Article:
Stress… We all know it well. We live in an extremely high stress, highly stimulating world that causes mental, emotional and physical stress on your body. Why? Because of our good old pal, evolution. Stress is a mechanism that served as our body’s survival mechanism when faced with a stimulus that disturbs our physical or mental equilibrium.
What does that mean? It means your body developed such that if you were walking in the woods gathering berries for your clan, and stumbled upon a bear who was also gathering berries, your body had a way to get up and go, to try to stay alive. But in 2016, it’s less and less common to encounter these acute stressors. Acute stressors stimulate your adrenaline and occur based on a unique situation. However, more often we experience chronic stress. Chronic stress is persistent over time and comes in forms like…not knowing if you’ll be able to make rent that month, or how you are going to afford sports for your kids. These stressors are constantly on your mind, persistent, and actually really harmful to your health. Stress can basically worsen any health condition you already have, and also makes you more likely to contract other chronic health issues. Let’s talk about some stress- related health problems that you have the power to fix.
10 Stress-Related Health Problems
- Heart Disease: It’s no coincidence that heart disease is a leading cause of death in the US (think obesity, stress, lack of nutrition….). Stress has a big part in this. Remember the bear? Your body’s reaction in this case is to get your blood pumping, and fast, so you have the ability to recruit your body’s muscles to fight or fly. This same physiological reaction happens whether you are facing a bear, or pissed in traffic. This kind of reaction is not meant to be persistent over time. As a result, your blood pressure, cholesterol, blood flow, and heart rate are impacted which increase the likelihood of heart disease or a heart attack.
- Asthma: Weird one, right? There is not much known as far as causation, however it is important to note that a parent who experiences chronic stress is more likely to have a child that has asthma. Stress also worsens (exacerbates) asthma in people who already have the condition.
- Obesity: Stress causes higher levels of the hormone cortisol (associated with adrenaline and increases your blood sugar), which can lead to higher fat deposits in the abdomen. Fat in the abdomen is the most unhealthy part of the body to carry fat, resulting in increased BMI. Also, a lot of people use food as a coping mechanism to stress, which does not help the waistline any.
- Diabetes: This is closely related to the obesity issue, but further, stress alone can raise glucose levels in those who have type 2 diabetes.
- Headaches: Stress is the most common cause of both tension headaches and migraines
- Depression & Anxiety: This is not surprising, but it is shocking how closely stress is related to depression and anxiety. Chronic stress is related to depression in an estimated 80% of cases.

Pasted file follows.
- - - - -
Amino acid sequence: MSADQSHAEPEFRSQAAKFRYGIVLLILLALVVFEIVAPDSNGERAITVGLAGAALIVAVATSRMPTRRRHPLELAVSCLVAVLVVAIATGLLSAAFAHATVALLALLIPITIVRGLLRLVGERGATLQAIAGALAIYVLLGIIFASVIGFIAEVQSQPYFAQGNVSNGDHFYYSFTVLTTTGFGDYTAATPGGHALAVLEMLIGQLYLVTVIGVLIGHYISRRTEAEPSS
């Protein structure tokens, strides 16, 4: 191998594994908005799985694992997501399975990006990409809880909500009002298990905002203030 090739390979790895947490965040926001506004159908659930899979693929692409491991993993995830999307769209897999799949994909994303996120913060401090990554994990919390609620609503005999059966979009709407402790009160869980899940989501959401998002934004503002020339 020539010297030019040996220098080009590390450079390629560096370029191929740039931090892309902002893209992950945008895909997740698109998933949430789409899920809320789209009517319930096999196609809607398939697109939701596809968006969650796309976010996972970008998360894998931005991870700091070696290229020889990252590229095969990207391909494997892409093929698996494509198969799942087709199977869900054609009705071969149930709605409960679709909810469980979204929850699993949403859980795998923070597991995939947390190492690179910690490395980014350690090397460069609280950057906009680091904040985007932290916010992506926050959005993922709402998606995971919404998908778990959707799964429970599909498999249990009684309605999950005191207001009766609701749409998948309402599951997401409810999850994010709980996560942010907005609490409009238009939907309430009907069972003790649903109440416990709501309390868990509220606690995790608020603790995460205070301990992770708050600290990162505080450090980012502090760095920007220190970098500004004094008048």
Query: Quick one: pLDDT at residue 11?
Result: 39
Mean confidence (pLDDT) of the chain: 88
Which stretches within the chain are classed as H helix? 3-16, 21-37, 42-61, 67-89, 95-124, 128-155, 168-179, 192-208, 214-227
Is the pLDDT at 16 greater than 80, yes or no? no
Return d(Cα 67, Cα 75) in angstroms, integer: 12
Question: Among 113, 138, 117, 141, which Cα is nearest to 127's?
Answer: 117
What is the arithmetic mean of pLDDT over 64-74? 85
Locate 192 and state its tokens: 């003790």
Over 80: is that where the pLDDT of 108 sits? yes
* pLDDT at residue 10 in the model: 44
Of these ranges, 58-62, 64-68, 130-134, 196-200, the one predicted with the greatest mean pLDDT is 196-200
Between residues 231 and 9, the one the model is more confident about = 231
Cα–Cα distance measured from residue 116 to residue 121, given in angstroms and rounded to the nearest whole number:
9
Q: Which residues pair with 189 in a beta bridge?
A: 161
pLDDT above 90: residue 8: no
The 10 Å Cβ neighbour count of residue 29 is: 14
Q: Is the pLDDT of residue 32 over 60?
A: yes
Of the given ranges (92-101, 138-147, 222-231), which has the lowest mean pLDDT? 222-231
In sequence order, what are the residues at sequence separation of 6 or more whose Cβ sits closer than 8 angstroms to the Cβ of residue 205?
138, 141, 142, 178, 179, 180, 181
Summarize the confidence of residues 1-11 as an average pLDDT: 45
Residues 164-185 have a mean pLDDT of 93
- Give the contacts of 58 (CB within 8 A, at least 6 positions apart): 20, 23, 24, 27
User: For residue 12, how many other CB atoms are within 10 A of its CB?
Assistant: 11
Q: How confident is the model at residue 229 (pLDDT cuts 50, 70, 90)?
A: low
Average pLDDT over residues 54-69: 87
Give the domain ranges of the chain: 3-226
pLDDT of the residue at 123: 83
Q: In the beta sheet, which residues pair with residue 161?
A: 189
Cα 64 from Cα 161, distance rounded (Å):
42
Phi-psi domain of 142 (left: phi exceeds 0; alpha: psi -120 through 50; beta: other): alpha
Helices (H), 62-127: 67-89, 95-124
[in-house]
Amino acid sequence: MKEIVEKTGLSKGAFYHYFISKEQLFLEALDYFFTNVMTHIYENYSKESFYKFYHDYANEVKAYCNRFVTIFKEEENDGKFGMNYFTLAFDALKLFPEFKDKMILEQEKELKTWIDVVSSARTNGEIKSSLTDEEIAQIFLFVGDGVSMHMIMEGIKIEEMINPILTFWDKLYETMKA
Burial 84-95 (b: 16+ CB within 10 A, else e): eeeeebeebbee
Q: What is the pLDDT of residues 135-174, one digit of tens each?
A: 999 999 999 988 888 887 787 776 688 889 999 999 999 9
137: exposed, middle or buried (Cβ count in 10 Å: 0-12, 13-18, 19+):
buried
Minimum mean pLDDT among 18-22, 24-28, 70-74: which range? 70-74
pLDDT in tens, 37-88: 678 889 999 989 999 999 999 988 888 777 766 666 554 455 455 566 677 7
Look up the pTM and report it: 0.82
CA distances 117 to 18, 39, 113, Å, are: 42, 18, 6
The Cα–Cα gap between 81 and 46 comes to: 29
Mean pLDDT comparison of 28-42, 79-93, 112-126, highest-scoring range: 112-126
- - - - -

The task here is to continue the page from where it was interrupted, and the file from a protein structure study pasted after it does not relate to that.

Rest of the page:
- Stomach problems: Though stress doesn’t cause ulcers, it can make them worse. It can also result in reflux and irritable bowel syndrome (IBS).
- Alzheimer’s: This correlation is newly emerging, but animal studies show that chronic stress may cause brain legions to form more quickly. Humans with Alzheimer’s appear to have slowed disease progression when stress is lowered.
- Stress Ages You: Chronic stress quickens the rate that your body ages. Think of presidents just for example, they serve for 8 years at most, but often appear to have aged about 20 years during their term. No matter who you are, stress is NOT a good look for you.
- Premature Death: Chronic stress does indeed take time off of your life.
Don’t let this stress you out about your stress
Now, don’t let yourself get stressed about thinking that your stress is killing you slowly and painfully, but rather let it give you the tools and the motivation to turn things around, and get control over your stress. My previous post on mindfulness, mediation, and yoga can be a good starting point. Gaining awareness of a situation is often the biggest battle. I encourage you to think about your sources of stress, and think about whether they are reasonable stressors, or if there would be more productive things for you to focus your energy on. Transforming your stress into positive energy takes all the negative effects we’ve covered, and turns them into the positive outcomes I discuss in the Mindfulness post. It is important to realize that you as an individual, have ultimate control over your attitude, energy, and behavior. The choices you make in this realm, turn outward into your physical health, and the interactions you have in the world. It’s really powerful stuff.
Here are some other sources that cover this topic: